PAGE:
The trauma led Ackland to give up his job at the Mermaid, and he began accepting television roles as a way of spending more time at home. “I spent so much time at the BBC,” he recalled later, “that I began to feel like a civil servant.” On the small screen over the decades he added weight to roles in series ranging from Z Cars in the 1960s, to the Jeremy Brett Sherlock Holmes and Joan Hickson Miss Marple stories in the 1980s, and most recently in Midsomer Murders.
In 1966 he returned to the theatre to make his debut as a singer in the musical Jorrocks, in which he played a hunting-mad Victorian grocer. It was enormously successful and Ackland enjoyed “half-hour curtain calls” almost nightly. “I enjoyed the part immensely,” he said. “It was ideal for me because I see myself following that tradition of actors like Laughton, Welles and Newton.”
He had made his film debut in 1947 with a small part in Seven Days to Noon and from the late 1960s he attempted to establish a film career. However, with credits such as Crescendo, Mr Forbush and the Penguin, and The House That Dripped Blood, he was sensible not to forsake the stage.
In 1968 he won plaudits for his skill in bringing to life Gus, a public-school good chap, in John Osborne’s The Hotel in Amsterdam at the Royal Court and had leading roles in Come as You Are! (New Theatre, 1970) and Captain Brassbound’s Conversion (Cambridge Theatre, 1971), among other productions. After a season as Mitch in A Streetcar Named Desire (1974), he accepted a leading role in Stephen Sondheim’s A Little Night Music (1976).
Two years later he extended his reputation as a singer when he accepted the part of Juan Peron in the smash-hit musical Evita. Despite the success of the production Ackland recalled regretting his decision to accept the role. “The rehearsals were marvellous,” he remembered, “but half an hour into the show on opening night and I was bored to tears.”
Ackland continued to mix his stage career with film and television work. He played Jerry Westerby, a bibulous journalist who works for British intelligence, in the BBC mini-series Tinker Tailor Soldier Spy (1979); was the oppressive Mr Barrett in the television production of The Barretts of Wimpole Street (1982); played Captain Hook in the RSC’s production of Peter Pan (1983); and appeared in a minor role in Peter Greenaway’s controversial film A Z and Two Noughts (1985), as well as in Shadowlands, White Mischief and other films. In 1991 he played the impassive “C”, the spymaster based on Captain Sir Mansfield Cumming, founder of the British Secret Service, in the BBC mini-series Ashenden.
But his life continued to be haunted by tragedy. In 1982 his older son Paul died of a heroin overdose aged 29, after years in which his parents had gone to desperate lengths to try and wean him off the drug, even having him arrested. Then, in 1988, while crossing a road in Paris, the couple were struck by a car.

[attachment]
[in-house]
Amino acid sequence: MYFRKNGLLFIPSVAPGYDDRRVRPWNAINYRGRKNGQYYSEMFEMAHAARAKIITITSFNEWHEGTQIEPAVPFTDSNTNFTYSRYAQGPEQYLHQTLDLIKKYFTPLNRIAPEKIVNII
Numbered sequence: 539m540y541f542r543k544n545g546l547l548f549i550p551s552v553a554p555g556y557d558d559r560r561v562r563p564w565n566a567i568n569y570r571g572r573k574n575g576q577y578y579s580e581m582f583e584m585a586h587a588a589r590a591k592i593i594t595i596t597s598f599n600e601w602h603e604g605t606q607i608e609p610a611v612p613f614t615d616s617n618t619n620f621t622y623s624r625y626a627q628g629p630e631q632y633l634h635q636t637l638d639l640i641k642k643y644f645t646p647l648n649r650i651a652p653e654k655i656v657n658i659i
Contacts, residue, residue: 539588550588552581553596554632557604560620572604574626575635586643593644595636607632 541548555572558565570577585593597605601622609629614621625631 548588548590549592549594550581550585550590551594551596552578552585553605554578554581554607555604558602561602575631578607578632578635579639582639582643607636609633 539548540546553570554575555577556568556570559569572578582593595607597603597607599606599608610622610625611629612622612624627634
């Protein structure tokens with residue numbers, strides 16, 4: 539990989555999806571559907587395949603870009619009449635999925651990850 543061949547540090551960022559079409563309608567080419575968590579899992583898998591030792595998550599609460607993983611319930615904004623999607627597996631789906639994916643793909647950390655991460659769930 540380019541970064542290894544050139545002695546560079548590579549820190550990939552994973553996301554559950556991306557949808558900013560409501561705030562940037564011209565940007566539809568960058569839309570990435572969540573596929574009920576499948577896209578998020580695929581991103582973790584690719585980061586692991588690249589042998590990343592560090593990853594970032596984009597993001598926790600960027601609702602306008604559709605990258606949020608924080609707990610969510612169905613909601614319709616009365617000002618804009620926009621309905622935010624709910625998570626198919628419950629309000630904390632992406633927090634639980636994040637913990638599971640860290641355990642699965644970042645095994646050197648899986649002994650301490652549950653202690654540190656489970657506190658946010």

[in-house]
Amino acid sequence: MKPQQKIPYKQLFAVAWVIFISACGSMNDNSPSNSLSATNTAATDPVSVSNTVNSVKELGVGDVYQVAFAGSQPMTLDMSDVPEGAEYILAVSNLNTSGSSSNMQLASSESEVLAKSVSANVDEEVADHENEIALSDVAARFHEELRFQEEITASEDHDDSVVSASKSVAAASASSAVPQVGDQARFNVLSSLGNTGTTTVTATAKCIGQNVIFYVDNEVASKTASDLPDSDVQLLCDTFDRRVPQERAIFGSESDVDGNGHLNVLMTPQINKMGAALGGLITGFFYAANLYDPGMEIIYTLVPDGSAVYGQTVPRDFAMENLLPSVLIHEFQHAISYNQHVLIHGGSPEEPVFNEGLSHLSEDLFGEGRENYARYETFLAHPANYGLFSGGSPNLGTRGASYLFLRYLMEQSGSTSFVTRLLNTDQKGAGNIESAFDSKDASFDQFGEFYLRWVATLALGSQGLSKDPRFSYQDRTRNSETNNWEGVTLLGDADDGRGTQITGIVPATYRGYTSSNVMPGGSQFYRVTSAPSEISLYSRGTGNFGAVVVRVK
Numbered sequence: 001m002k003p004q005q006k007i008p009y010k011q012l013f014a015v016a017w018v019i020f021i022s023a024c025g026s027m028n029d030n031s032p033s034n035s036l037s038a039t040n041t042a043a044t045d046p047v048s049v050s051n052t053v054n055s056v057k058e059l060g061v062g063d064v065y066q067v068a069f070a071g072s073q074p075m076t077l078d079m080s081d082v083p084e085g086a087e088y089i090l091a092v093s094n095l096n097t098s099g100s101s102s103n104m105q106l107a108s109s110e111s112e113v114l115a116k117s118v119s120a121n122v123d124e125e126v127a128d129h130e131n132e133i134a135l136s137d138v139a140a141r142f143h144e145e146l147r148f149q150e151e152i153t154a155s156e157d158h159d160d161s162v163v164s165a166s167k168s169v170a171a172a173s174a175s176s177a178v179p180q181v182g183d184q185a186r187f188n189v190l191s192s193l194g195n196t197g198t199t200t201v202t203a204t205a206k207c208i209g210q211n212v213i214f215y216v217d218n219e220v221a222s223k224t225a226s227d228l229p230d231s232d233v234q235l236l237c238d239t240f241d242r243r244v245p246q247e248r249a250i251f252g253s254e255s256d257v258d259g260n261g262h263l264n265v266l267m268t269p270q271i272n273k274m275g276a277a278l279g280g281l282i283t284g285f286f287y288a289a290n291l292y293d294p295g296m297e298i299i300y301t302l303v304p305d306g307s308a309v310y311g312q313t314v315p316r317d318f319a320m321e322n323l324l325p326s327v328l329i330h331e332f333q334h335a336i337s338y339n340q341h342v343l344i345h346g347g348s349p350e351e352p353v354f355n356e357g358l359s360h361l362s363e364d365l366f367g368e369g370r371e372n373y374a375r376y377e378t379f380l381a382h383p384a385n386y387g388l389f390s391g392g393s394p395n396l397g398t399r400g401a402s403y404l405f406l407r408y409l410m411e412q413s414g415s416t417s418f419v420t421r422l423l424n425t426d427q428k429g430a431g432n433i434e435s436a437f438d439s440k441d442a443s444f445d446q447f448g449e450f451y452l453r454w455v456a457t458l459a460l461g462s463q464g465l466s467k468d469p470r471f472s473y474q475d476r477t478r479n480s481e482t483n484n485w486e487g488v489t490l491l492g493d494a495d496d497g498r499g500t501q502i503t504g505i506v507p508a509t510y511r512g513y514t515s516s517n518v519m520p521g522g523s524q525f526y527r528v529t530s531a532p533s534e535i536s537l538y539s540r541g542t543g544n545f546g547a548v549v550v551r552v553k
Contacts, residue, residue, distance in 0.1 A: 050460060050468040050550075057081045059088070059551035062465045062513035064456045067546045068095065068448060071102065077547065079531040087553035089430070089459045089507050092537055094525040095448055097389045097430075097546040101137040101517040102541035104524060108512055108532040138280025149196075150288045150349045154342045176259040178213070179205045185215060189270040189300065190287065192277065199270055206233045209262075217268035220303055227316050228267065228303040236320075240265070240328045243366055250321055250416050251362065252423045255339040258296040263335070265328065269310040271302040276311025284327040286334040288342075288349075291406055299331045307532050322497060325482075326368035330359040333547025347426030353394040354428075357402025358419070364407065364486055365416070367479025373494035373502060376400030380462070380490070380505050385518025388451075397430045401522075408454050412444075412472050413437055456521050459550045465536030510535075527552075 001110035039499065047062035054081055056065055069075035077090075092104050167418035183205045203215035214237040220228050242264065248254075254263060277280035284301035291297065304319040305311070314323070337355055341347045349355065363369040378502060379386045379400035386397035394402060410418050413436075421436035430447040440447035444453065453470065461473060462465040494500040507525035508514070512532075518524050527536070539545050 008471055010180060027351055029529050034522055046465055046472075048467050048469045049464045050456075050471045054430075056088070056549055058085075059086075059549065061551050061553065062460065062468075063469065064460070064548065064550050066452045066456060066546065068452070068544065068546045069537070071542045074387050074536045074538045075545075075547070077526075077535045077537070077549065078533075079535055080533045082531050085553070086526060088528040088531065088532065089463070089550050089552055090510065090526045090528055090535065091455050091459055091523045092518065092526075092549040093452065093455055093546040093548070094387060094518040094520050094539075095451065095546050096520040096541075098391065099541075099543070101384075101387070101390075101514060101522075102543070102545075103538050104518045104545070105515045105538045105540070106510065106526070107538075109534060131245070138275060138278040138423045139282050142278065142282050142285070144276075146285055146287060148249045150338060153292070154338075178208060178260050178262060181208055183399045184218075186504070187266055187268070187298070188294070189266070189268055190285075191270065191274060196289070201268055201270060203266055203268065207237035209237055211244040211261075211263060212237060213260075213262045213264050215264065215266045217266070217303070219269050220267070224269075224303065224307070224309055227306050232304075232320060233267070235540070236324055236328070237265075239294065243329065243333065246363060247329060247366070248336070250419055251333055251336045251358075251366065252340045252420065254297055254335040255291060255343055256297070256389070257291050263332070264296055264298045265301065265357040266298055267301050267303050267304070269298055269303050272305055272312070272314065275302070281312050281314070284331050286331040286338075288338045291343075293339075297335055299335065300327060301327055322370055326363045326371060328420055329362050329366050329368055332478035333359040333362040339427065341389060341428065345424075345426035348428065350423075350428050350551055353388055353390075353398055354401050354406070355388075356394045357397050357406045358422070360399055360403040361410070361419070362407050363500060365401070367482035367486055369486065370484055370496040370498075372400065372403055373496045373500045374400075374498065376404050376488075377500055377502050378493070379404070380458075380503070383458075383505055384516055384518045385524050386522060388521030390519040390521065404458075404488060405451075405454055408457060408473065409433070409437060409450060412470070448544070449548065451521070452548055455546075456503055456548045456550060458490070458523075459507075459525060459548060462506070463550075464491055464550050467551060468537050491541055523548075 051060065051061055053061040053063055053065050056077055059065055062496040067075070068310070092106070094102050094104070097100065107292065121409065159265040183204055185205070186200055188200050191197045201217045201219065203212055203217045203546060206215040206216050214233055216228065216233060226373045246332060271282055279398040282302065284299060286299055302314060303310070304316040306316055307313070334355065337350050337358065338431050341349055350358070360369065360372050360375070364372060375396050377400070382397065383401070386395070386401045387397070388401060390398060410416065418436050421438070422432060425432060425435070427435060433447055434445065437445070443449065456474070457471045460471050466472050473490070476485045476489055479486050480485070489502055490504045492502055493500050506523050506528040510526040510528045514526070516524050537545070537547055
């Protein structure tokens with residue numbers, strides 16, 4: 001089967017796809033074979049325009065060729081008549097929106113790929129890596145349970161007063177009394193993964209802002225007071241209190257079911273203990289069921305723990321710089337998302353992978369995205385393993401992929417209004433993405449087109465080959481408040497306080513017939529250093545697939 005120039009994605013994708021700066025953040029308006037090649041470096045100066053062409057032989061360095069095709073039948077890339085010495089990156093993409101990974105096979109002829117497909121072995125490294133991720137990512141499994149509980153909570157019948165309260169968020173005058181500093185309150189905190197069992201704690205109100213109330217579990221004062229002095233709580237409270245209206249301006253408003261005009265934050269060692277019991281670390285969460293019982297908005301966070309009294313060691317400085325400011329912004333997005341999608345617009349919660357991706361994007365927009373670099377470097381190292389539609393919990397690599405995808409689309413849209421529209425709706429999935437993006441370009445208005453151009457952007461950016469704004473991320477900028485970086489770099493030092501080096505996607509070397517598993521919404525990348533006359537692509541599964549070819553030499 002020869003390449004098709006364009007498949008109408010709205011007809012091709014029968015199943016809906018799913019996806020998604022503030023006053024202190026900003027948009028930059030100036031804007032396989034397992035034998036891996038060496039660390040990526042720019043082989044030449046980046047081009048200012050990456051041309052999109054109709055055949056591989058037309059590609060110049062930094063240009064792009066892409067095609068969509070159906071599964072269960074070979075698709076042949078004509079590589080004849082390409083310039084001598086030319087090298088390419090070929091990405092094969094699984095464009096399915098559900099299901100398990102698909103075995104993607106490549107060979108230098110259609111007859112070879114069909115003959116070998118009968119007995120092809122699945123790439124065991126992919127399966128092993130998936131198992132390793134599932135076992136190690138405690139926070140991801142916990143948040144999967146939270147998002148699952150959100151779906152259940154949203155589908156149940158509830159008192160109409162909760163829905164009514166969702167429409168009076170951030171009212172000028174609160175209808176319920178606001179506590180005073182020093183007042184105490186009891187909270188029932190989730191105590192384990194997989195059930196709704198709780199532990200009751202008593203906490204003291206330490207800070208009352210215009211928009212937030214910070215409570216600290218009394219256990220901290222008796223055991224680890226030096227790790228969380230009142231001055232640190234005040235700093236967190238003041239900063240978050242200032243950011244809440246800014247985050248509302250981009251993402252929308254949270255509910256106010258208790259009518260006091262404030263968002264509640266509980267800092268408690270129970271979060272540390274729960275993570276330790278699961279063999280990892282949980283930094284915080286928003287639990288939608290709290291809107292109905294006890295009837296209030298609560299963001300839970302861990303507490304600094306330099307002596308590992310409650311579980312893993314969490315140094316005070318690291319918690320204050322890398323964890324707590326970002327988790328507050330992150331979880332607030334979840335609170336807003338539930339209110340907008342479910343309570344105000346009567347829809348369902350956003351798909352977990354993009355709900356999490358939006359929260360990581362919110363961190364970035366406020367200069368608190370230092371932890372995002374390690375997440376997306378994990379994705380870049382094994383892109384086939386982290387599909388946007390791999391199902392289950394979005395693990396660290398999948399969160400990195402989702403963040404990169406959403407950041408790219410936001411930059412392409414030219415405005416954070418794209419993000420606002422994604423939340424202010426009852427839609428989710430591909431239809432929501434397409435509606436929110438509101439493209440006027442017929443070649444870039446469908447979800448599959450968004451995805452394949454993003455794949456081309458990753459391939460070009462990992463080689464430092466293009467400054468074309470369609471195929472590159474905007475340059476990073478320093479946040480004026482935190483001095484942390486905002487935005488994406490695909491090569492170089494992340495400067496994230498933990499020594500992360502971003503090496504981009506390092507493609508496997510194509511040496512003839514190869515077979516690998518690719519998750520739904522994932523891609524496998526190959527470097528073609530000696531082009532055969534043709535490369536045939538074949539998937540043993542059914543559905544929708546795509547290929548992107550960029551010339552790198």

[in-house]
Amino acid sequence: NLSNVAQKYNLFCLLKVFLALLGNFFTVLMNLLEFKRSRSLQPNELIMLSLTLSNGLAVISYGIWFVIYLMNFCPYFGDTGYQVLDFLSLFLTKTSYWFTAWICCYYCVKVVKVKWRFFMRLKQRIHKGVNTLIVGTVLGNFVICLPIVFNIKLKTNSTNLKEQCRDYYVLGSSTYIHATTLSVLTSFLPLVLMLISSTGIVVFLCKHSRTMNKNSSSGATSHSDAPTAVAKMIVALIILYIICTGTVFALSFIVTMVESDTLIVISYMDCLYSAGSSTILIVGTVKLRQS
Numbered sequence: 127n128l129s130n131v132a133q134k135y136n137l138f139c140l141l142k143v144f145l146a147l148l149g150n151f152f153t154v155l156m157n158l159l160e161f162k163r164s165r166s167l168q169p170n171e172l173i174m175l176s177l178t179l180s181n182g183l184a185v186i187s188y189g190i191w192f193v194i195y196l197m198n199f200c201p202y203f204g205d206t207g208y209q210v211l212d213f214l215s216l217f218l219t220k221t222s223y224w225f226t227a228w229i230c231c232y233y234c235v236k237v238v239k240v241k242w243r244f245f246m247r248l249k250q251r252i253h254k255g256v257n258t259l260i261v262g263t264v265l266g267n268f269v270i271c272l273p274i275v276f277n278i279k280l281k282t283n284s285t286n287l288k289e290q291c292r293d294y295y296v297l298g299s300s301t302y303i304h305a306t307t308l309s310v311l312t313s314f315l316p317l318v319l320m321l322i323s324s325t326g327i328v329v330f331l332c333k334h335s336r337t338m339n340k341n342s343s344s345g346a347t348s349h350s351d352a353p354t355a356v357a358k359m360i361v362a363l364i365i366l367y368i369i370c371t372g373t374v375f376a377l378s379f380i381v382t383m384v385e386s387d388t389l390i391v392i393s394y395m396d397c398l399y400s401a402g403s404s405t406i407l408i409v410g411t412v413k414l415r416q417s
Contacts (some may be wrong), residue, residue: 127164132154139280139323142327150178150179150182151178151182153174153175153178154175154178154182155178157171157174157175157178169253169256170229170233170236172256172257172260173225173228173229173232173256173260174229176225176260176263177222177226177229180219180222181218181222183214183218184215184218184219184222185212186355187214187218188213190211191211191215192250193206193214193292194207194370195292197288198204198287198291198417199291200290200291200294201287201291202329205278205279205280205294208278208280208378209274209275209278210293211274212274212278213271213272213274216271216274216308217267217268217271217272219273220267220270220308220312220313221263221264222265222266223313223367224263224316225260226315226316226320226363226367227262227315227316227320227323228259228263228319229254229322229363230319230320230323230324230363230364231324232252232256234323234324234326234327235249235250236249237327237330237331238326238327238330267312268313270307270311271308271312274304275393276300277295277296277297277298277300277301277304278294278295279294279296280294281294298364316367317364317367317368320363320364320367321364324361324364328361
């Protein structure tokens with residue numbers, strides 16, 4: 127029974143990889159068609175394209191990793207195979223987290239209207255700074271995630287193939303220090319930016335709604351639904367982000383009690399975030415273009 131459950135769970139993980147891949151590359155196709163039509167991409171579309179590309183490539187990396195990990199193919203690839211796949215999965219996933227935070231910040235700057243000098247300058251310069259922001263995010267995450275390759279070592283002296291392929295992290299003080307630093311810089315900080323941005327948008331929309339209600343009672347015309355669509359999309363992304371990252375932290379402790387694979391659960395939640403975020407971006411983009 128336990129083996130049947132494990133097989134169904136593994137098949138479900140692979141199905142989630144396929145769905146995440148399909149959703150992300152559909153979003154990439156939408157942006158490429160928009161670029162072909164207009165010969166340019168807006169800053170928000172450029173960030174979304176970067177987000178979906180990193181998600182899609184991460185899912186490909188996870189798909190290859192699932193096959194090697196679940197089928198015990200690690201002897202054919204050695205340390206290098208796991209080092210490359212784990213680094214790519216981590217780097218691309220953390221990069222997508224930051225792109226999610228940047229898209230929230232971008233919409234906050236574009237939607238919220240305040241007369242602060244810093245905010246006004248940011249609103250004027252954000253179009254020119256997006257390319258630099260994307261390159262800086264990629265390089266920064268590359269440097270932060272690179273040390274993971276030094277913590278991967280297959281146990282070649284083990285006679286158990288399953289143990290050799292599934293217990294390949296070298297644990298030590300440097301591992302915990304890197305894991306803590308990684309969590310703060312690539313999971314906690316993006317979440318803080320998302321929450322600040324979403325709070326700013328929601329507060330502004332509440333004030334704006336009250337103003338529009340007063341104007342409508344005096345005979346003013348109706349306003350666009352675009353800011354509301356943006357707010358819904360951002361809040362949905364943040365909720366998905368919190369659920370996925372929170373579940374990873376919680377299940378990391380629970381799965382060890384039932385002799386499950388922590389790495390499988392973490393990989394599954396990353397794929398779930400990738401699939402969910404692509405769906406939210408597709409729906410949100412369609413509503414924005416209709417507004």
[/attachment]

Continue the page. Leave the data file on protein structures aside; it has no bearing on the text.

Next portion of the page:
Rosemary’s injuries were bad and badly treated. A metal plate was inserted in her leg and caused her near-permanent pain. Some years later the plate became infected and broke through the skin, resulting in still more hospitalisations and treatments. Then in 2000, devastatingly, she was diagnosed with motor neurone disease.
She died in July 2002. Right up until the end of her life, even after she had lost the power of speech, she kept a diary, which she had begun as a teenager growing up in Africa. In 1989 Ackland had published his autobiography. I Must Be in There Somewhere and in 2009 he published My Better Half and Me, a book that told the story of an unusually close, passionate and very physical marriage in the form of edited extracts from Rosemary’s diaries.
For years following her death Ackland felt unable to return to the theatre, focusing instead on television and film work including How About You (2007) with Vanessa Redgrave. In 2012, however, he returned to the stage with a brief appearance as King George V in the stage version of The King’s Speech at Wyndham’s Theatre.
The following year, at the age of 85, he achieved a long-cherished ambition of playing King Lear when Sir Jonathan Miller directed a reading of the play in two performances at the Old Vic and St James’s Theatre. “Joss is a national treasure and his life is a lot like Lear’s,” observed the film director Norman Stone. “He has had to endure suffering and a bit of battering from life’s events, but has still stood firm.”
But, like Lear, it sometimes seemed that Ackland had become tired of life. “Today you can do anything in public,” he told an interviewer in 2012. “I hate this decade. There’s no glamour or romance. It’s become a question of saying “do you want a fag or a f---?” No one relates to anyone any more. No one respects anyone. It’s George Orwell come true.”
Joss Ackland was appointed CBE in 2001.
Ackland and his wife lived for many years in the north Devon village of Clovelly. He is survived by a son and five daughters.
Joss Ackland, born February 29 1928, died November 19 2023